A Message from Rev. Fred Phelps

Methinks Thou Doth Protest Too Much: A recent psychological study confirms homophobes more aroused by homosexual activity than straights; evidence that suggests Rev. Fred Phelps was gay himself. Also, he died on March 18, 2014.

Controversial minister’s recent anti-gay protest at funeral of American war dead notwithstanding, startling new evidence suggests Rev. Fred Phelps was gay himself.

Phelps was a repressed, guilt-ridden homosexual. I’ll bet the farm on it. In fact, a 1996 study — no doubt inspired by watching Phelps deliver vehemently anti-gay sermons in his ass-less chaps   links homophobia with homosexual arousal.
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Homosexuality was clearly the monkey on Phelps’s back, an issue he could never fully resolve personally. His attempts to convince others were really to convince himself. It didn’t work, because the battle never ended.

Somewhere, deep inside him, he recognized he was critically wrong and was embracing a falsehood, or many of them. This made him angry and defensive. Sure, many will believe him, but that’s because humans that want to feel smug and superior to people unlike them will innately draw to the likes of Phelps. Besides, it is an established fact that most of the anti-gay protestors in his church are from Phelps’s own family. Chromosome damage? Inbreeding? count on it.

UPDATE: As of March 18, 2014, Fred Phelps has been excommunicated from his own church and is near death. It is unknown if this excommunication has anything to do with charges of latent homosexuality. Or if he died of AIDS.

Excerpt:

Is Homophobia Associated With Homosexual Arousal?

Henry E. Adams, Lester W. Wright, Jr., and Bethany A. Lohr University of Georgia

The authors investigated the role of homosexual arousal in exclusively heterosexual men who admitted negative affect toward homosexual individuals. Participants consisted of a group of homo­phobic men (n = 35) and a group of nonhomophobic men (n = 29); they were assigned to groups on the basis of their scores on the Index of Homophobia (W. W. Hudson & W. A. Ricketts, 1980). The men were exposed to sexually explicit erotic stimuli consisting of heterosexual, male homosexual, and lesbian videotapes, and changes in penile circumference were monitored. They also com­pleted an Aggression Questionnaire (A. H. Buss & M. Perry, 1992). Both groups exhibited increases in penile circumference to the heterosexual and female homosexual videos. Only the homophobic men showed an increase in penile erection to male homosexual stimuli. The groups did not differ in aggression. Homophobia is apparently associated with homosexual arousal that the homophobic individual is either unaware of or denies.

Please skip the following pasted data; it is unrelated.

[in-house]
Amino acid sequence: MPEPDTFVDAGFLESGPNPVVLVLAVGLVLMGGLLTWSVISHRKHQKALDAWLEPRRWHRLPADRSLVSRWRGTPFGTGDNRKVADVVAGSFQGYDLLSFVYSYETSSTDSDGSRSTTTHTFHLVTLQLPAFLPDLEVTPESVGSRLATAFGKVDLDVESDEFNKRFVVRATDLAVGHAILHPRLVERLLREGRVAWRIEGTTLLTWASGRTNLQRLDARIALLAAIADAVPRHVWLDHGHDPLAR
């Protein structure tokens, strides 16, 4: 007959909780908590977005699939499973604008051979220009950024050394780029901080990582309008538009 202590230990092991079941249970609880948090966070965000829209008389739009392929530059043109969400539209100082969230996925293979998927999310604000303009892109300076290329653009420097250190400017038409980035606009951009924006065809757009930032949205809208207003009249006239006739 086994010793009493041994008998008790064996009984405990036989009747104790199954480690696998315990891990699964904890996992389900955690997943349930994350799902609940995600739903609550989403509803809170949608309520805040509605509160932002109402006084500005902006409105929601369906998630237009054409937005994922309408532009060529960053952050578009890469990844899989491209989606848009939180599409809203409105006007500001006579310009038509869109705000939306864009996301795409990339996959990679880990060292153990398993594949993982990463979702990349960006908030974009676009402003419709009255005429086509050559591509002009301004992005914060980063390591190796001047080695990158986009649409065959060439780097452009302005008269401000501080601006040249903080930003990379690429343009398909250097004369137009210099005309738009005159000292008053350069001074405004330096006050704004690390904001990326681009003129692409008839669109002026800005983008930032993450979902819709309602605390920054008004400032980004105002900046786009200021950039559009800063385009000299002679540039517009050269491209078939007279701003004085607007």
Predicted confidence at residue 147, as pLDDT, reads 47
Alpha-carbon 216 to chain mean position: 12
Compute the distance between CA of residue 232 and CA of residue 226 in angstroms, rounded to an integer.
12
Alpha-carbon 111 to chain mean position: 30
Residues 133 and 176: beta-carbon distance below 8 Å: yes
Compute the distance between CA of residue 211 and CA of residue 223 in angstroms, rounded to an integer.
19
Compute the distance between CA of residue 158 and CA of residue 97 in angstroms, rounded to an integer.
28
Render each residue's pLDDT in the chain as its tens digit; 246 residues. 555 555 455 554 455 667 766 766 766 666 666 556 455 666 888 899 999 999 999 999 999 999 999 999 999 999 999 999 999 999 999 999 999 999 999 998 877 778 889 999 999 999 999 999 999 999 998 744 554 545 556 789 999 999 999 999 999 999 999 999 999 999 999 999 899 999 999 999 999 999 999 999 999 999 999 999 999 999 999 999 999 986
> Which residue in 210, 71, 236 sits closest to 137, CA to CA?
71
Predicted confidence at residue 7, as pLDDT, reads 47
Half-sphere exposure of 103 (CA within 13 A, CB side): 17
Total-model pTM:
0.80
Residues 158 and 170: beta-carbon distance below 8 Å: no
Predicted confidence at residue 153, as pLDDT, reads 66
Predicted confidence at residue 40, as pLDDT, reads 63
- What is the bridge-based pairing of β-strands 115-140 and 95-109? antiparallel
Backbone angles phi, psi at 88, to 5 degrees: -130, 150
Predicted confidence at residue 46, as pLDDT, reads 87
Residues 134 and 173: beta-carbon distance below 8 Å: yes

Hostility and discrimination against homosexual individuals are well-established facts (Berrill, 1990). On occasion, these negative attitudes lead to hostile verbal and physical acts against gay individuals with little apparent motivation except a strong dislike (Herek, 1989). In fact, more than 90% of gay men and lesbians report being targets of verbal abuse or threats, and more than one-third report being survivors of violence related to their homosexuality (Fassinger, 1991). Although negative at­titudes and behaviors toward gay individuals have been assumed to be associated with rigid moralistic beliefs, sexual ignorance, and fear of homosexuality, the etiology of these attitudes and behaviors remains a puzzle (Marmor, 1980). Weinberg (1972) labeled these attitudes and behaviors homophobia, which he defined as the dread of being in close quarters with homosexual men and women as well as irrational fear, hatred, and intolerance by heterosexual individuals of homosexual men and women.

Hudson and Ricketts (1980) have indicated that the meaning of the term homophobia has been diluted because of its expansion in the literature to include any negative attitude, belief, or action toward homosexuality. Fyfe (1983) has also argued that the broad definition of homophobia threatens to restrict our un­derstanding of negative reactions to gay individuals. Further­more, Hudson and Ricketts criticized studies for not making the distinction between intellectual attitudes toward homosexuality (homonegativism) and personal, affective responses to gay indi­viduals (homophobia). They indicated that many researchers do not state the operational definition of what they term homo­phobic. To clarify this problem, Hudson and Ricketts defined homonegativism as a multidimensional construct that includes judgment regarding the morality of homosexuality, decisions.

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